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Former triathlete now just runs for fun

(He considers up to 60 miles a week “fun”)

STORY By Lisa Allen

Jack Felix didn’t jump into competing in triathlons with both feet. He nibbled around the edges, first running track and cross country in high school, then adding in some bicycle racing.

On the move • Jack Felix is shown after winning the 2019 USA-Triathlon Collegiate Club National Championships, competing in a Super League Triathlon and running for Clemson.

“I went to Hilton Head High, and the coach, Bill Wrightson, encouraged me to run cross country. He ignited a love in me for endurance sports.”

He was a track walk-on at the University of Tennessee, and then a couple years later when he transferred to Clemson, he earned a degree in health science in 2016.

It wasn’t until his last year in college that he tried a triathlon. “I had done running for so long, I wanted to try something different,” Felix said. “I already ran and biked. I just added swimming.”

He took to a triathlon like a duck to water but didn’t take to swimming like a duck, or any water fowl for that matter.

“I like cycling the most because of the intensity and speed. And I’ve always been a runner. But swimming did not come naturally to me. My younger sisters, who are both competitive swimmers, absolutely smoked me. They made me a better swimmer.”

Once equipped in all three sports, he perfected his triathlon techniques to the point that he was offered a spot on Team USA.

“After college, everyone else I knew at Clemson was going to work or grad school. I was moving to Arizona to compete in triathlons, having done it for only one year.”

Risky, yes, but his parents supported the plan, knowing Jack had thought it through. 

TRI HARD • Jack Felix competed in both sprint and Olympic distance triathlons. Races took him to South and Central America, Europe, Australia and Canada.

He competed in both sprint and Olympic distances. Sprint distances include a 750-kilometer swim (about a half mile); a 12.4-mile bike ride and a 3.7-mile run. Olympic distances are twice that.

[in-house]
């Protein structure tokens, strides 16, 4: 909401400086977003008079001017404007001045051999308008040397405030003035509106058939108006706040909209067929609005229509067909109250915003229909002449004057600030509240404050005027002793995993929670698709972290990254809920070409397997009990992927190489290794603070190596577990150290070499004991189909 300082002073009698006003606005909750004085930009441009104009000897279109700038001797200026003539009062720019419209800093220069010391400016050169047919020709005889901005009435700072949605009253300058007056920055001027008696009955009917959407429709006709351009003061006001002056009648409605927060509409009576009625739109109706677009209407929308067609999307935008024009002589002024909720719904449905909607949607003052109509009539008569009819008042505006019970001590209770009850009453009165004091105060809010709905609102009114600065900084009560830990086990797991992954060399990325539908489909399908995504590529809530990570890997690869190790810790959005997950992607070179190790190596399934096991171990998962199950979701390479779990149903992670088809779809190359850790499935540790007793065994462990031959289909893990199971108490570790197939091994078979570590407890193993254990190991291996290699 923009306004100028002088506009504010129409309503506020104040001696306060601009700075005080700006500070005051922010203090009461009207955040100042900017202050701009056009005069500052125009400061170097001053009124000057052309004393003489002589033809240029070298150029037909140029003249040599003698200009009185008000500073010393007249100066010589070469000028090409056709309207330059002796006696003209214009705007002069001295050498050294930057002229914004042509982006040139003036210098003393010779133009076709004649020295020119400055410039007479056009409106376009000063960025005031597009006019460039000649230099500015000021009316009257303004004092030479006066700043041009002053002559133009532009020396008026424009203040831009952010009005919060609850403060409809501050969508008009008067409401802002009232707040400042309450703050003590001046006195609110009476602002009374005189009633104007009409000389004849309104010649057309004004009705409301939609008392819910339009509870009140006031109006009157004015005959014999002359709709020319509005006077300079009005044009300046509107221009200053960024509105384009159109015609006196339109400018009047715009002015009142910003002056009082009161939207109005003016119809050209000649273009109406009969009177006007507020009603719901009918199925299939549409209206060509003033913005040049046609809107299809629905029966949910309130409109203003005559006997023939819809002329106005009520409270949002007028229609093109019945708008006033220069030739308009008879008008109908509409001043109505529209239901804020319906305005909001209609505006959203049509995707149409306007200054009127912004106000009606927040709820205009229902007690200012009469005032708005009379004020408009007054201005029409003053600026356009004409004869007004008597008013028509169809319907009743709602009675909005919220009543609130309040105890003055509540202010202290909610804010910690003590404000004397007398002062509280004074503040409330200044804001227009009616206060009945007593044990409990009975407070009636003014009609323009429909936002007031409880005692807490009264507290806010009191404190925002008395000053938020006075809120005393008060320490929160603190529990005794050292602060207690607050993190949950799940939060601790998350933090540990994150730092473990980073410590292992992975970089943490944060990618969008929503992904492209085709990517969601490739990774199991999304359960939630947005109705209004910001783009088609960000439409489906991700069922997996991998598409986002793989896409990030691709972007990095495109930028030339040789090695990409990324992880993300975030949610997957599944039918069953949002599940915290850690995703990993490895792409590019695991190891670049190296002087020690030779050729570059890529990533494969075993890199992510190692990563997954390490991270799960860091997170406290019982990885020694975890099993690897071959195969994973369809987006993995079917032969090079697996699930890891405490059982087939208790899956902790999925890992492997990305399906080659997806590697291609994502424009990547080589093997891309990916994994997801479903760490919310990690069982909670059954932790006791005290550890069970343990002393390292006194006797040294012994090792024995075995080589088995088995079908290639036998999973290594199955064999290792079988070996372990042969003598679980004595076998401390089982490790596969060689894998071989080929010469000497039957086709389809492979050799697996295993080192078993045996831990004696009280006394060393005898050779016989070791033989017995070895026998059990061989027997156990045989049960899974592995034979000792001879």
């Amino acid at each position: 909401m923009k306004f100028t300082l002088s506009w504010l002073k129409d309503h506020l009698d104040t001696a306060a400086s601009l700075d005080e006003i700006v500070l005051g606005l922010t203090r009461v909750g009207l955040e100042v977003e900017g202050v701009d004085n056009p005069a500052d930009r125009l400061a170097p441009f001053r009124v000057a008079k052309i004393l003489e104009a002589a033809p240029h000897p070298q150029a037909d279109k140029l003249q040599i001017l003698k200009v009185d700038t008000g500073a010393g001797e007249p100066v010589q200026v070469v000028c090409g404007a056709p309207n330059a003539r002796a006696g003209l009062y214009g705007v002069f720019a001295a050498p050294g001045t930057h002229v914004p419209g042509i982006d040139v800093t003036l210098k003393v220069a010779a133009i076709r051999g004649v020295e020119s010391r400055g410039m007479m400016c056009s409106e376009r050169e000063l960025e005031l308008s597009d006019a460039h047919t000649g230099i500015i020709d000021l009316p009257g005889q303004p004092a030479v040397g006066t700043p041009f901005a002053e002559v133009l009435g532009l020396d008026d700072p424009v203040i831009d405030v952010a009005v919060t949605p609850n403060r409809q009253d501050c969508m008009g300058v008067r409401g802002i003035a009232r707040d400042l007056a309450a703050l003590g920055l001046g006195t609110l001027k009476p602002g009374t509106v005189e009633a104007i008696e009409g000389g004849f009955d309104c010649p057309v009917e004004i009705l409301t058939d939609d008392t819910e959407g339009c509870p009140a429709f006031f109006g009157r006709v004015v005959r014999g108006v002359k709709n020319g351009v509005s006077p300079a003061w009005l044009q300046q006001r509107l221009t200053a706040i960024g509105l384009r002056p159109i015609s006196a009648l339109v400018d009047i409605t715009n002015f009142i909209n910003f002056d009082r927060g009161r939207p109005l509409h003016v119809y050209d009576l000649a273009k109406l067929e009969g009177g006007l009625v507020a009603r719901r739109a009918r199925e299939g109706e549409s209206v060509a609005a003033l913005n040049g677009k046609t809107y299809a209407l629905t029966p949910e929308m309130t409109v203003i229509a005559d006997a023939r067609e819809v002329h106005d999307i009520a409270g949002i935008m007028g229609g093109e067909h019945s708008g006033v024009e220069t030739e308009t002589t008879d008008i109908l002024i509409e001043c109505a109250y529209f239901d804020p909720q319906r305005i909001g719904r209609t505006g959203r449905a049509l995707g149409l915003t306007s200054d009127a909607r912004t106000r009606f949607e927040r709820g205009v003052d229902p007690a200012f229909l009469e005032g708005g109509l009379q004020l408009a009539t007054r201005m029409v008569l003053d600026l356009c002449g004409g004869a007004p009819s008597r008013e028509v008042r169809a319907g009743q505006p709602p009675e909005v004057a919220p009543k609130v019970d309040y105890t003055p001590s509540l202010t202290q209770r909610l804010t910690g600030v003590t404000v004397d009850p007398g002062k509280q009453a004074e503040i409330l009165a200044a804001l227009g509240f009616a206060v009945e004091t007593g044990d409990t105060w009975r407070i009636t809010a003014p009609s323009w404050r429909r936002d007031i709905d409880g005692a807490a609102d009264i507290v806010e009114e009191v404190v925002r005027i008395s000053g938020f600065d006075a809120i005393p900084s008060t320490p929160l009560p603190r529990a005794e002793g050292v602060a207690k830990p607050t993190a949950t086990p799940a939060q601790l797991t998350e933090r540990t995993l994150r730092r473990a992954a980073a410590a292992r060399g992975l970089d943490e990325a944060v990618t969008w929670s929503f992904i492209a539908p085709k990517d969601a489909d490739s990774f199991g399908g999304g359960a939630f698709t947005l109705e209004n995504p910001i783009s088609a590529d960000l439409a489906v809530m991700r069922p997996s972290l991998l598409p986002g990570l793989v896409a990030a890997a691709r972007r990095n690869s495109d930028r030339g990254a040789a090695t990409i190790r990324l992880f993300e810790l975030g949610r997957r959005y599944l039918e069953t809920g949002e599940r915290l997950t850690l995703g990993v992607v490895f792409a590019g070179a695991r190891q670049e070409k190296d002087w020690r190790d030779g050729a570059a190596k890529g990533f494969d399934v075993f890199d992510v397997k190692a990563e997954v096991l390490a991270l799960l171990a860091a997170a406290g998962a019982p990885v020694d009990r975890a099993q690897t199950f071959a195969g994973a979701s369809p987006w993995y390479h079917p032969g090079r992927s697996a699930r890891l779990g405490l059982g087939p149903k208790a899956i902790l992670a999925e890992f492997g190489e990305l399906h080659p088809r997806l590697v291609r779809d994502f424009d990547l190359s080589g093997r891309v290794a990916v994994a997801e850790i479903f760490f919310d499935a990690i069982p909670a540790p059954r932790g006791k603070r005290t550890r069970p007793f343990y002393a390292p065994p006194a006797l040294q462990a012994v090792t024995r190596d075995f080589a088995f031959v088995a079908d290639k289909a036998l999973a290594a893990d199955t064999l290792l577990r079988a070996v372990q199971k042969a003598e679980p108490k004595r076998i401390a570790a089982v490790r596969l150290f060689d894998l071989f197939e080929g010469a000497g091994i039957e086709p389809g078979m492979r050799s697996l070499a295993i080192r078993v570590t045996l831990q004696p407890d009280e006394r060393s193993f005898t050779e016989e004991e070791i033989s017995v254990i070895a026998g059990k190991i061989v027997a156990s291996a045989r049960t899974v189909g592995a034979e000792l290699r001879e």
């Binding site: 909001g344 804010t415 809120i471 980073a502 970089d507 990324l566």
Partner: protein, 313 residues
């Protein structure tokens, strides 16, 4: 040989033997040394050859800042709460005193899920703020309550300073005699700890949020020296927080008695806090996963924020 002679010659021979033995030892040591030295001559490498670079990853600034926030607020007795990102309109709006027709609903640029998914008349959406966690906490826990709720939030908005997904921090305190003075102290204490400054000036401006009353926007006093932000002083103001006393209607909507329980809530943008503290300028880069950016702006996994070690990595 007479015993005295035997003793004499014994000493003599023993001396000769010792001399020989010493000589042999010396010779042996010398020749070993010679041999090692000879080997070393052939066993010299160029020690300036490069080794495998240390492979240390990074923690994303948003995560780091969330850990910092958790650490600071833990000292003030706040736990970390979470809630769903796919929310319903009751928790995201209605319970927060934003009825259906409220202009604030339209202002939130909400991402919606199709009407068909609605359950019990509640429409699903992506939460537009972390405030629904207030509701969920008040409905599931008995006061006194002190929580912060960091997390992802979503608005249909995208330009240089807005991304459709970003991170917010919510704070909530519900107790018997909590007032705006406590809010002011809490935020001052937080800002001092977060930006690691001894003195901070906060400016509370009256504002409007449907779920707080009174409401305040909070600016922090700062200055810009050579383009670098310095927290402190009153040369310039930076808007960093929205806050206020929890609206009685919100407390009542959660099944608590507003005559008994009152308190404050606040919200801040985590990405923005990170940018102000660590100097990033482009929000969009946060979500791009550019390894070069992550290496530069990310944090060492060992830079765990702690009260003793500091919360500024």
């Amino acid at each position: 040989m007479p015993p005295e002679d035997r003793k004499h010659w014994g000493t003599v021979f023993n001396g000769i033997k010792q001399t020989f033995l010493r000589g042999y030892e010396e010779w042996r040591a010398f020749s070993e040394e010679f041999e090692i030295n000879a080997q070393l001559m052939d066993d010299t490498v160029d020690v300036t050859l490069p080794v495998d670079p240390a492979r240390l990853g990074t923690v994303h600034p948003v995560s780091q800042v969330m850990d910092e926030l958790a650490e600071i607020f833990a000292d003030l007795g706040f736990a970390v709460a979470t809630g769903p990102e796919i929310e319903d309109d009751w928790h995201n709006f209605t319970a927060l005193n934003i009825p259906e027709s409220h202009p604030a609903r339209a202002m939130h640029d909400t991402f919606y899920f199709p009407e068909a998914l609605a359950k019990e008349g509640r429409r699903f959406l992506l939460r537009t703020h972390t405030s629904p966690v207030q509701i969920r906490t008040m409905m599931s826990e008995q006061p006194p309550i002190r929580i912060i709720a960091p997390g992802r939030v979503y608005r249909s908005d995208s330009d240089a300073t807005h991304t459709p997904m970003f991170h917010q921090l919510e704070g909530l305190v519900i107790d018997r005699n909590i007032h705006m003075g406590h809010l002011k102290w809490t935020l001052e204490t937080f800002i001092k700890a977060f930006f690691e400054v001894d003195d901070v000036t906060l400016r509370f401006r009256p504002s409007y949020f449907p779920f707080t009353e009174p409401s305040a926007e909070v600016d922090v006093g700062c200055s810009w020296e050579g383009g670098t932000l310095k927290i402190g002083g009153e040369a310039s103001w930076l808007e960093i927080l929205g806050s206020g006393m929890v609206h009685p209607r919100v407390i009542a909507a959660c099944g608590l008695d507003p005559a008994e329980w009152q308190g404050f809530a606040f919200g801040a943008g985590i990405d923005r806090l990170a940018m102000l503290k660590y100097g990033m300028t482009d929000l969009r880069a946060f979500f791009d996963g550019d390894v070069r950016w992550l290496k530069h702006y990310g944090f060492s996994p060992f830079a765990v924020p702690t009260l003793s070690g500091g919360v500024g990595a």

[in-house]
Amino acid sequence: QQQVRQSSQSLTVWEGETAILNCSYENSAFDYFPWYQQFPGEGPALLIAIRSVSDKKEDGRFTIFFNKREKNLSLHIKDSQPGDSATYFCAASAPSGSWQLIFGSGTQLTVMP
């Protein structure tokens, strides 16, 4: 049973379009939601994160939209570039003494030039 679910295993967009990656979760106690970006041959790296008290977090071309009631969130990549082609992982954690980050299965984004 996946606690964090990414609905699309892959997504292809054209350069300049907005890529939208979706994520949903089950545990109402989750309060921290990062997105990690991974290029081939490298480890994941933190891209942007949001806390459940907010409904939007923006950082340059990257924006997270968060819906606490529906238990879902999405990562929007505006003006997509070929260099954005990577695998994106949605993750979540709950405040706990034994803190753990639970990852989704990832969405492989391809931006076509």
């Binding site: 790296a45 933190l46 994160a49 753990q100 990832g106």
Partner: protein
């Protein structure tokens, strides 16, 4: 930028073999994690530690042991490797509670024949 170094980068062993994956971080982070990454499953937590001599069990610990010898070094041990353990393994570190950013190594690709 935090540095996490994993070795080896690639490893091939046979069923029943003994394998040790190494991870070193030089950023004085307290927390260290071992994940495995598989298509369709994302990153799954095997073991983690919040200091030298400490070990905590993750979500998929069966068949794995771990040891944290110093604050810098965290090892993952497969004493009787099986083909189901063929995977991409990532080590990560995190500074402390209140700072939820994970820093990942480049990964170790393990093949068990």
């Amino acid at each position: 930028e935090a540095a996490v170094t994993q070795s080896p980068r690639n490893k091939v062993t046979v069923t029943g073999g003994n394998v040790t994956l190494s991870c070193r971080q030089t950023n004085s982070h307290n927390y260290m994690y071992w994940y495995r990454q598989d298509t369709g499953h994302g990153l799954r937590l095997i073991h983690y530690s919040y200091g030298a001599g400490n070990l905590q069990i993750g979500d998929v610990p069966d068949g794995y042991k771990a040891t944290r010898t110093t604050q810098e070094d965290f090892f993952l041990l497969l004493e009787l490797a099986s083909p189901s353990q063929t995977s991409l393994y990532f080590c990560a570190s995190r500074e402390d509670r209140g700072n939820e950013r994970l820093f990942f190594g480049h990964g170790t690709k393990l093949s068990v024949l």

Races took him to South and Central America, Europe, Australia and Canada.

He trained for about 28 hours a week, adding in stretching and other exercises, which meant 40 hours of his weeks were devoted to his sport.

“Then Queens University in Charlotte offered me an athletic scholarship for my MBA. I couldn’t turn that down.”

He continued to compete professionally and collegiately. While at Queens, he was both the individual national champion and team national champion for men’s triathlon. He represented Team USA at the FISU World Championships in Kalmar, Sweden, all while completing his degree. (He did the same thing in high school. He was a star athlete and a National Honor Society member.)

“Being a professional athlete, the lifestyle is unbelievable,” Felix said. “You get to be outdoors all the time, and I loved the travel.”

But after a few years, he realized his sports career had maxed out. “I was competing at the very top, but in Europe the top athletes were kicking my butt. But I was proud to be at the starting line with them.”

His last triathlon was in Canada in July 2019.

“I don’t regret stopping. I was able to leave on a good note. There are times when I miss it and times that I don’t.”

A year ago, he became a financial advisor, just as the pandemic hit. “I love that I’m learning so much. Anything I do, I go all in,” Felix, 27, said. “There is no way I could do both things at once.”

That means that his career is his focus now.

He said his experience as a professional athlete transfers to his new job. “Meeting new people, being sociable and having the ability to adapt are what you have to do in any career.”

While he still works out, the intensity is less. “My colleagues tell me I work out for all of them.”

He enters local amateur bicycle races and clocks 6- to 8-mile runs on weekdays, up to 20 miles on Saturdays.

“I try to take one day off a week.”

He encourages people to consider triathlons. “It’s a very welcoming community. It’s open and warm community. And like any sport, you can make it expensive, or you can get by on a budget.”

And to pay it forward, he and his dad, Nick, are volunteer coaches for the Hilton Head High School track teams.

Once a jock, always a jock.


How to train like a professional triathlete

GET UP Drink almost dangerous amounts of coffee.

8 AM Out the door for a two- or three-hour run or bike ride

11 AM Stretch, rest, eat, drink more coffee. Some gym work.

2 PM Second two- or three-hour session, often swimming because it’s warmer in the afternoon.

4 PM Depending on earlier sessions, either a light run or ride.

5 PM Eat. A lot.

EVENING Rest and prepare to do it all over again the next day.